Tense real estate market driving house prices up dramatically in Middletown

MIDDLETOWN – To the surprise of Connecticut realtors, the state’s housing market has exploded in the last quarter of 2020, despite unemployment and other financial woes caused by the coronavirus pandemic, and they expect that the trend continues well this year.

Fewer properties for sale have created a housing drought, says Debbie Huscher, who heads The Huscher real estate group by William Raveis at 48 Main Street, prompting dozens of potential buyers to bid tens of thousands of dollars above the asking price.

This was true for Gail, who requested that only her first name be used for this article. She sold her house on the shore last August and intended to buy a house closer to her daughter and grandchildren. She lives in a rental and, with her lease ending in a few weeks, her search has become more urgent, she said.

Gail found a home and made an offer that turned out to be the highest among the 30 to 40 people who had reviewed it in three days, she said. She immediately made an appointment for an inspector to come three days later.

Half an hour later, she got a call telling her that the owner wanted to know if she would give up the inspection, which was never discussed: “Everything to go faster, to have a quick sale at a high price. It’s stupidity, especially if you’re going to an older house, ”Gail said.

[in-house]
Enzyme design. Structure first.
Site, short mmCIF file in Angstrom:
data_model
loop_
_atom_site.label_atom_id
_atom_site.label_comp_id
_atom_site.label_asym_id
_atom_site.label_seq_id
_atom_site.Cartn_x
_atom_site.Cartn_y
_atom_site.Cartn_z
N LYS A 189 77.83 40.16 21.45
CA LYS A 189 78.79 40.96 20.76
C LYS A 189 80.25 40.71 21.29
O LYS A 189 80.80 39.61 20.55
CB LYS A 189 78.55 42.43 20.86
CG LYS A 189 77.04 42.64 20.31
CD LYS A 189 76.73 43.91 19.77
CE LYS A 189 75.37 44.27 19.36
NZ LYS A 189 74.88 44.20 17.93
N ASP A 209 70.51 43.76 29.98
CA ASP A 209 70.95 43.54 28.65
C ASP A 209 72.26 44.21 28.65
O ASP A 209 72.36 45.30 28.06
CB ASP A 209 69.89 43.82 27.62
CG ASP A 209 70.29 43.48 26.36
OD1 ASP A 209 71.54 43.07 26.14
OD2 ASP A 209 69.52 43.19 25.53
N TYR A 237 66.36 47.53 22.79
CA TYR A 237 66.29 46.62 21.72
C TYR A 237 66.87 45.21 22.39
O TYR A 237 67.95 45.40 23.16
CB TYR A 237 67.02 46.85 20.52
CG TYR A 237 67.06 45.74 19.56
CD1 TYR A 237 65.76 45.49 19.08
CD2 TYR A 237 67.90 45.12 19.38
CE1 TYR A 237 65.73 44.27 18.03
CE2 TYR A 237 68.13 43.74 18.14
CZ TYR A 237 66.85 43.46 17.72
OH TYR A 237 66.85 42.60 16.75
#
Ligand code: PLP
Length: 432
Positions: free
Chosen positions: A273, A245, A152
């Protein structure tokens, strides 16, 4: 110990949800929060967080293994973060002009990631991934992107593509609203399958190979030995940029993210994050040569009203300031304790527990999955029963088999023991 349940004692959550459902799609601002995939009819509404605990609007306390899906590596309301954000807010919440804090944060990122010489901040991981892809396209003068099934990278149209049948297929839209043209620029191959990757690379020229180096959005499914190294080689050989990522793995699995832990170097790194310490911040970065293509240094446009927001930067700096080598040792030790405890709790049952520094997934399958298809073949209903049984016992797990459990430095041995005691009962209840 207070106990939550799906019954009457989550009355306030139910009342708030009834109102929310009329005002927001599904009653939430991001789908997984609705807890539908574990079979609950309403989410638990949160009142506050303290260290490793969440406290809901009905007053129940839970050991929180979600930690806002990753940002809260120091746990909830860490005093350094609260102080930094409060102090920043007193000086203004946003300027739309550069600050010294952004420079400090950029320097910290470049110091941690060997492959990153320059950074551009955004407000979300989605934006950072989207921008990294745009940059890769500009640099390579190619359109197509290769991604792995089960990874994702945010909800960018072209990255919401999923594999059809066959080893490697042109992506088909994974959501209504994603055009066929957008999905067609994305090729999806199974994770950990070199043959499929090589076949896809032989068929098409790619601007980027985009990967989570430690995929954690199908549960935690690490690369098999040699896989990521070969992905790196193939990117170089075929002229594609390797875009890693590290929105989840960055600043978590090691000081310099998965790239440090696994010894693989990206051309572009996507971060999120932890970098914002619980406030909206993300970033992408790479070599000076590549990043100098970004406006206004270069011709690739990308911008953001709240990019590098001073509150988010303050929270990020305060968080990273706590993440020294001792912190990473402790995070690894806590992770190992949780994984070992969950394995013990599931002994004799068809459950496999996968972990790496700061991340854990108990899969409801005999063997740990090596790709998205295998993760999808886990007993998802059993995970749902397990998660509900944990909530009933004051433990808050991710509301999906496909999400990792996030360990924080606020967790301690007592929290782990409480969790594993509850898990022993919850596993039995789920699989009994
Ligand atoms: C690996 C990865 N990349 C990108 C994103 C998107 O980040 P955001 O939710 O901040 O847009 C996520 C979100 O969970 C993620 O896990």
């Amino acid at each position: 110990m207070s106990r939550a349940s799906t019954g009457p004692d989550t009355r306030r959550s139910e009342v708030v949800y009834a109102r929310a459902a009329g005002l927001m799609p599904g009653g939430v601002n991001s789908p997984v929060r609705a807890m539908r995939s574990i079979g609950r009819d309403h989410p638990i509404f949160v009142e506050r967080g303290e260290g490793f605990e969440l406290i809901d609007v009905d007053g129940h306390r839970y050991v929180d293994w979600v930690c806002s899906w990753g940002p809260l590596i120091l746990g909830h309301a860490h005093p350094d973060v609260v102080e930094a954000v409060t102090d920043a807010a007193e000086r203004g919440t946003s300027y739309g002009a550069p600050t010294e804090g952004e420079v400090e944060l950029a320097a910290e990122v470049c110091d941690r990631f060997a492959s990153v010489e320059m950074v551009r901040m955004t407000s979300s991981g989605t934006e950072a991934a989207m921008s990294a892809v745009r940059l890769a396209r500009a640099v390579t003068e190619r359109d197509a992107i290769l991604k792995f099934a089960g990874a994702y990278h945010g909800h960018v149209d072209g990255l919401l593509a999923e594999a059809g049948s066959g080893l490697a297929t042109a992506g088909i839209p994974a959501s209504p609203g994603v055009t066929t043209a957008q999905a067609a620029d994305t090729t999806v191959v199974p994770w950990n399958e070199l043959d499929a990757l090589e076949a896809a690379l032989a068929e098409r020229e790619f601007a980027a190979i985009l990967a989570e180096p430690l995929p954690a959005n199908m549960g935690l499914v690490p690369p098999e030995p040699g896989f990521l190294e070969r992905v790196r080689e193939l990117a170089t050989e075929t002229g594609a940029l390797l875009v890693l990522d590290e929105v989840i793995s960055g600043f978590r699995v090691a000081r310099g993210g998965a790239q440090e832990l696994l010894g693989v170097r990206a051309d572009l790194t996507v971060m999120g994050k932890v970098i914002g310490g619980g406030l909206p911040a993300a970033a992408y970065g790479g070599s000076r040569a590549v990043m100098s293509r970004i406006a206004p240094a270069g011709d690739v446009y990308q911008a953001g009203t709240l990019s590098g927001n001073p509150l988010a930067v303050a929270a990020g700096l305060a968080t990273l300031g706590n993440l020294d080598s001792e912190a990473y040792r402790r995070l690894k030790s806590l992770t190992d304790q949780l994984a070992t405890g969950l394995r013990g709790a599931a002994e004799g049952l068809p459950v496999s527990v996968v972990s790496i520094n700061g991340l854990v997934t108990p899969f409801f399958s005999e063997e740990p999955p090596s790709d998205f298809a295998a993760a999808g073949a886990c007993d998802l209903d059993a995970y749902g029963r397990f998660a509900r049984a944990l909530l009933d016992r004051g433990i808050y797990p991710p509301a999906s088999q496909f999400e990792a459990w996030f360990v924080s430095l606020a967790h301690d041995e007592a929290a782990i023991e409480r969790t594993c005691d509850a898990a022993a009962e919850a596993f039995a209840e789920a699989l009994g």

“Of course not, that would be ridiculous,” she told her broker. His offer was quickly canceled. “My broker was very upset, and so am I,” said Gail.

When the pandemic hit a year ago, Huscher and his colleagues didn’t expect the housing market to change so drastically, but soon learned that sales were very strong this summer and last fall, which Huscher attributed to the move of New York residents to Connecticut – specifically, Fairfield County.

“They are escaping the pandemic, looking to reassess their lives, to have a pool or a home office with more space,” she said. “The inventory is decreasing. “

This leaves sellers in a dilemma, Huscher said. “If they have a house where they can live with their family, they’re not going to sell because rentals are scarce, and where are they going to go?

Huscher has two clients looking for a four bedroom colonial house and not a single house in their price range can be found, she said: “If the price is right and it has the conditions , people will buy it. “

In such a competitive market, buyers pay cash. In fact, one of them was willing to pay $ 30,000 more than expected, without an inspection, she said.

In Middlesex County, sales in October 2020 were 36.8% higher than the same time the year before, and in November they were 72% higher, according to Massachusetts. The Warren group. Comparing the December months of the two years, there was an increase of 24.7 percent.

Huscher, which serves customers in Upper Middlesex County, also noted the steep drop in mortgage interest rates. One of her clients, she said, was able to lock in an interest rate of 1.8% on a 15-year loan.

In a “balanced market,” there are enough homes for sale for six months of inventory. That fell to around 1.8 months, Huscher said.

As for homebuyer Gail, she expects to pay more than market value.

“This is how it goes everywhere. It seems to be generalized, ”she said. “People are desperate to leave the cities. “

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